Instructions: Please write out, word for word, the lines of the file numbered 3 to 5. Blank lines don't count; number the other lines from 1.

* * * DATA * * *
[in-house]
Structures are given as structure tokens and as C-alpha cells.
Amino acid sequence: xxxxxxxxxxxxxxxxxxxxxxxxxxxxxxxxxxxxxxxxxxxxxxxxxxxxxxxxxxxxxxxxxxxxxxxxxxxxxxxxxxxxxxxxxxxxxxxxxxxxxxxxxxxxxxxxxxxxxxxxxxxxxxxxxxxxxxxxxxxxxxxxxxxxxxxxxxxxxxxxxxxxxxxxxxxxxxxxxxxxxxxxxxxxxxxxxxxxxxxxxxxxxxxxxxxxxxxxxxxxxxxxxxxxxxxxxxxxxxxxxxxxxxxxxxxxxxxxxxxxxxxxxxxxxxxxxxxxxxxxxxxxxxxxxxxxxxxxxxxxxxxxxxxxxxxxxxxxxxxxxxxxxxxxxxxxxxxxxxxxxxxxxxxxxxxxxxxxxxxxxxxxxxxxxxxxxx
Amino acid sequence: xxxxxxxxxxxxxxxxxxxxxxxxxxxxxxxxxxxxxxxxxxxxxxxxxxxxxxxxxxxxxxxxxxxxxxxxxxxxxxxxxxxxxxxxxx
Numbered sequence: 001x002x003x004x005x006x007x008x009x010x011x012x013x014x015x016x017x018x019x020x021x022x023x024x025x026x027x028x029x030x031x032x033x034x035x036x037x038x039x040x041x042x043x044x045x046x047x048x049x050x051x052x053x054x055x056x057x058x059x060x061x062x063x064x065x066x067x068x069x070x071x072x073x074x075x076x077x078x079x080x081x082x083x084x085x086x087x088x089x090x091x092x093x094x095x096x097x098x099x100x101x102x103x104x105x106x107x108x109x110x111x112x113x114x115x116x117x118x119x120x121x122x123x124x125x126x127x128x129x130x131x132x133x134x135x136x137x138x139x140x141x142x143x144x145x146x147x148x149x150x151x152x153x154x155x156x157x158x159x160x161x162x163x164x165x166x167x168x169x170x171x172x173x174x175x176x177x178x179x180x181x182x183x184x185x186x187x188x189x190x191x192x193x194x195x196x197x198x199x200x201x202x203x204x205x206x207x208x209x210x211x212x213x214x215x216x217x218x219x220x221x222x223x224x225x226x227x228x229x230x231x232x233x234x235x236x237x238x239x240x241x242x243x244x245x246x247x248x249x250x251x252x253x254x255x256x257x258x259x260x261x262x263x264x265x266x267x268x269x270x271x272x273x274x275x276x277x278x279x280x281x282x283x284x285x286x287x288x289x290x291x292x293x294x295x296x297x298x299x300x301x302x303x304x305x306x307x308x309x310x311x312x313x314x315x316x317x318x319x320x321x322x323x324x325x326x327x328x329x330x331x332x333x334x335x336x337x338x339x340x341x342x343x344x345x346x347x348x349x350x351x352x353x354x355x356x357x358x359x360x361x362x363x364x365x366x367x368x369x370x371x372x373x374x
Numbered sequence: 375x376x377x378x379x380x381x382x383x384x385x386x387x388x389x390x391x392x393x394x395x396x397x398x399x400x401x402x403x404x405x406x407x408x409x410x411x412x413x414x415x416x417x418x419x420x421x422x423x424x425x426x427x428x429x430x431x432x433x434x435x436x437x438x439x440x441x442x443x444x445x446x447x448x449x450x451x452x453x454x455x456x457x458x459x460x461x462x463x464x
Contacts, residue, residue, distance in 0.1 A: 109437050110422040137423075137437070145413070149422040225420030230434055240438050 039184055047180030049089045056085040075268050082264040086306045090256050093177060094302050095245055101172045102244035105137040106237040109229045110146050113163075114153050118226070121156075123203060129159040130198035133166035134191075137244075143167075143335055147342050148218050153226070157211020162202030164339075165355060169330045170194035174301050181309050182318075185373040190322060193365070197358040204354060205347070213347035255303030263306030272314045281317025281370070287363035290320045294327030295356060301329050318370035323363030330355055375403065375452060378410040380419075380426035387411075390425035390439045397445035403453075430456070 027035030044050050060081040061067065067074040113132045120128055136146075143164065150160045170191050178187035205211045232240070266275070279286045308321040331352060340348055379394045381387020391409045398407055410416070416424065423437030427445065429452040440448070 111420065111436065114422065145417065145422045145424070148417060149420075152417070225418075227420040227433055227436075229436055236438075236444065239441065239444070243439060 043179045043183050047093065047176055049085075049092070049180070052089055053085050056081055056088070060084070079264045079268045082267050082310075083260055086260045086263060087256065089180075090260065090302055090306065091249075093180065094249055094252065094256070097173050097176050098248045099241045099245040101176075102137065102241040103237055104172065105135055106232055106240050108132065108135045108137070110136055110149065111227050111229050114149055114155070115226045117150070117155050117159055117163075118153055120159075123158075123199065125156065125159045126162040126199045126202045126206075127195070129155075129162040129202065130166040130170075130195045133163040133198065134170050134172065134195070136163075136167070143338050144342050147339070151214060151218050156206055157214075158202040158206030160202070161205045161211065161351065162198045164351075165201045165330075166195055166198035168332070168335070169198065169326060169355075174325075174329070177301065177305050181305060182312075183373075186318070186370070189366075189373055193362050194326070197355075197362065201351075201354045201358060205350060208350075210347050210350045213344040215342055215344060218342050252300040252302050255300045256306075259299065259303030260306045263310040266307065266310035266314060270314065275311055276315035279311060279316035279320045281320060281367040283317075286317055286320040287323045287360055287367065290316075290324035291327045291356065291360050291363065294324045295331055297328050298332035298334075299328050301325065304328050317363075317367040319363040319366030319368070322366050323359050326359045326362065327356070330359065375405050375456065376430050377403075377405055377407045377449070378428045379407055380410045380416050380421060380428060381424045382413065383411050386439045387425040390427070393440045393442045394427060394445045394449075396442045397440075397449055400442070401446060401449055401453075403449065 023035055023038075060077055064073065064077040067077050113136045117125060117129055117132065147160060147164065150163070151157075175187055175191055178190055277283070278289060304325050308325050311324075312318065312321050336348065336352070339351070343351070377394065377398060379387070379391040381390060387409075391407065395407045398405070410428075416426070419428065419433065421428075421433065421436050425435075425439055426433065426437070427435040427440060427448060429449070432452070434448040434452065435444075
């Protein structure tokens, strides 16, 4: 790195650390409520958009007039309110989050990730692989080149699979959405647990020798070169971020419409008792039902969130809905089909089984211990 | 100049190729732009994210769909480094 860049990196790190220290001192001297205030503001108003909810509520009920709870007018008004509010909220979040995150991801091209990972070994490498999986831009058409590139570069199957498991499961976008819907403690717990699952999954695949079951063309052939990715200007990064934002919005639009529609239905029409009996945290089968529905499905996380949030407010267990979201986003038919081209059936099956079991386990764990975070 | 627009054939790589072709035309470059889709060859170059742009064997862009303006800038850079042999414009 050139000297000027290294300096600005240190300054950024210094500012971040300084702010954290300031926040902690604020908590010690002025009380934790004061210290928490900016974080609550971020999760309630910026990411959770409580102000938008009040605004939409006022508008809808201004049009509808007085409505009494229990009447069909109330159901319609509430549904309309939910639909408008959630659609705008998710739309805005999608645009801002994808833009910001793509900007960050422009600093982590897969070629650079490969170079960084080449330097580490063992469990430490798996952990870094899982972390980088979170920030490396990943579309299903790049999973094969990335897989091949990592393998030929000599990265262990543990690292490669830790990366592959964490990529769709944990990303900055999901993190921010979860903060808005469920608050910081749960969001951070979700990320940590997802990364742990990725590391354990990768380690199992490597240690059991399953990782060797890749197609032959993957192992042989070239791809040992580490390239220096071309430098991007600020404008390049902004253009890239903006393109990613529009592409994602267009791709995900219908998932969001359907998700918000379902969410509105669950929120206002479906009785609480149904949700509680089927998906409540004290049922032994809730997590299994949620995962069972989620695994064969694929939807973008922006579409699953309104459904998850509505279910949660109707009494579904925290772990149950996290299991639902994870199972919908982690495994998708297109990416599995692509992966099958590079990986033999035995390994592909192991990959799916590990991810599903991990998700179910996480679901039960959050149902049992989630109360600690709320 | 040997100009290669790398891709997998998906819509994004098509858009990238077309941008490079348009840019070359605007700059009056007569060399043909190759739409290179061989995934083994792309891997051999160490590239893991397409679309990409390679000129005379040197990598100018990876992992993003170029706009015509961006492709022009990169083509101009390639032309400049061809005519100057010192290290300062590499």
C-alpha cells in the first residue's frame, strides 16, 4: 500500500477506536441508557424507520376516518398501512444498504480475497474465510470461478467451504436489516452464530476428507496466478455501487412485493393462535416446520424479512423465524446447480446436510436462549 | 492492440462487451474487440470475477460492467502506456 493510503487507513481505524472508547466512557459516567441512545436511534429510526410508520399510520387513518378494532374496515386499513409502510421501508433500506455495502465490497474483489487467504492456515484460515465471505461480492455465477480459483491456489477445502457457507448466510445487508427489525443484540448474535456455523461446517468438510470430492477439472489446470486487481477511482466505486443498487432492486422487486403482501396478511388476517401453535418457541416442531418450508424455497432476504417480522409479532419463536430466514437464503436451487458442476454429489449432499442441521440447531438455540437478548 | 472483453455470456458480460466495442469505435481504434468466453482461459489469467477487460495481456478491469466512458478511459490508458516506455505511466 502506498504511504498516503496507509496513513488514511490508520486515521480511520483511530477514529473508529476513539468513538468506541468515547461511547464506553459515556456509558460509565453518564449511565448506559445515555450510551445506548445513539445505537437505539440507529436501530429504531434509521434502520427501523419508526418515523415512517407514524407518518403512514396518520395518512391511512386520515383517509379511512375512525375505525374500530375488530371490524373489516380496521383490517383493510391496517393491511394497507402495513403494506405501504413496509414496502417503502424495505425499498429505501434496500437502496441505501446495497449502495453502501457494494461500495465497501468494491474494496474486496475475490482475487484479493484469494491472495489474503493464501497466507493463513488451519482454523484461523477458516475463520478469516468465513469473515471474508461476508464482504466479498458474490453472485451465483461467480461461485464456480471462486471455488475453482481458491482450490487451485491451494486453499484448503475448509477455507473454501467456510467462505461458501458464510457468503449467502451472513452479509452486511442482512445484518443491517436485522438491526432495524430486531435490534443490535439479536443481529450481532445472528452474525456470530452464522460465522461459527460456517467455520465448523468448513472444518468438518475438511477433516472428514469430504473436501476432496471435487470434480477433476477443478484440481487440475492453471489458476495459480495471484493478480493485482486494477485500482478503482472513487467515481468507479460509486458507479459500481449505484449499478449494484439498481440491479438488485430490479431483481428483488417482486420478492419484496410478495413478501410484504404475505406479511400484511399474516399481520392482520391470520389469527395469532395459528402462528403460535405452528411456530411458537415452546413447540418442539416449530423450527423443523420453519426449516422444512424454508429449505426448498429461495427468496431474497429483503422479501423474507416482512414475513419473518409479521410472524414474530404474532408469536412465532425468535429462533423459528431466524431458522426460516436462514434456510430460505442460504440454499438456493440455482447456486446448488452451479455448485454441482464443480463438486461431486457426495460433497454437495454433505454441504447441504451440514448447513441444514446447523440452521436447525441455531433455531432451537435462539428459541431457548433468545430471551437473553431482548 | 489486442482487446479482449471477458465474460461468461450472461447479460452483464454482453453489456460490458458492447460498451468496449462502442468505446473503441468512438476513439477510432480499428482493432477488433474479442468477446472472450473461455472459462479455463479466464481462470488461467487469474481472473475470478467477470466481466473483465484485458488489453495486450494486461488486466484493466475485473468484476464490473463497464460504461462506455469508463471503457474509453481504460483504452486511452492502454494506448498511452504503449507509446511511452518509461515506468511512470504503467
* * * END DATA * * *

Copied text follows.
Amino acid sequence: xxxxxxxxxxxxxxxxxxxxxxxxxxxxxxxxxxxxxxxxxxxxxxxxxxxxxxxxxxxxxxxxxxxxxxxxxxxxxxxxxxxxxxxxxxxxxxxxxxxxxxxxxxxxxxxxxxxxxxxxxxxxxxxxxxxxxxxxxxxxxxxxxxxxxxxxxxxxxxxxxxxxxxxxxxxxxxxxxxxxxxxxxxxxxxxxxxxxxxxxxxxxxxxxxxxxxxxxxxxxxxxxxxxxxxxxxxxxxxxxxxxxxxxxxxxxxxxxxxxxxxxxxxxxxxxxxxxxxxxxxxxxxxxxxxxxxxxxxxxxxxxxxxxxxxxxxxxxxxxxxxxxxxxxxxxxxxxxxxxxxxxxxxxxxxxxxxxxxxxxxxxxxxxxxxxxxx
Amino acid sequence: xxxxxxxxxxxxxxxxxxxxxxxxxxxxxxxxxxxxxxxxxxxxxxxxxxxxxxxxxxxxxxxxxxxxxxxxxxxxxxxxxxxxxxxxxx
Numbered sequence: 001x002x003x004x005x006x007x008x009x010x011x012x013x014x015x016x017x018x019x020x021x022x023x024x025x026x027x028x029x030x031x032x033x034x035x036x037x038x039x040x041x042x043x044x045x046x047x048x049x050x051x052x053x054x055x056x057x058x059x060x061x062x063x064x065x066x067x068x069x070x071x072x073x074x075x076x077x078x079x080x081x082x083x084x085x086x087x088x089x090x091x092x093x094x095x096x097x098x099x100x101x102x103x104x105x106x107x108x109x110x111x112x113x114x115x116x117x118x119x120x121x122x123x124x125x126x127x128x129x130x131x132x133x134x135x136x137x138x139x140x141x142x143x144x145x146x147x148x149x150x151x152x153x154x155x156x157x158x159x160x161x162x163x164x165x166x167x168x169x170x171x172x173x174x175x176x177x178x179x180x181x182x183x184x185x186x187x188x189x190x191x192x193x194x195x196x197x198x199x200x201x202x203x204x205x206x207x208x209x210x211x212x213x214x215x216x217x218x219x220x221x222x223x224x225x226x227x228x229x230x231x232x233x234x235x236x237x238x239x240x241x242x243x244x245x246x247x248x249x250x251x252x253x254x255x256x257x258x259x260x261x262x263x264x265x266x267x268x269x270x271x272x273x274x275x276x277x278x279x280x281x282x283x284x285x286x287x288x289x290x291x292x293x294x295x296x297x298x299x300x301x302x303x304x305x306x307x308x309x310x311x312x313x314x315x316x317x318x319x320x321x322x323x324x325x326x327x328x329x330x331x332x333x334x335x336x337x338x339x340x341x342x343x344x345x346x347x348x349x350x351x352x353x354x355x356x357x358x359x360x361x362x363x364x365x366x367x368x369x370x371x372x373x374x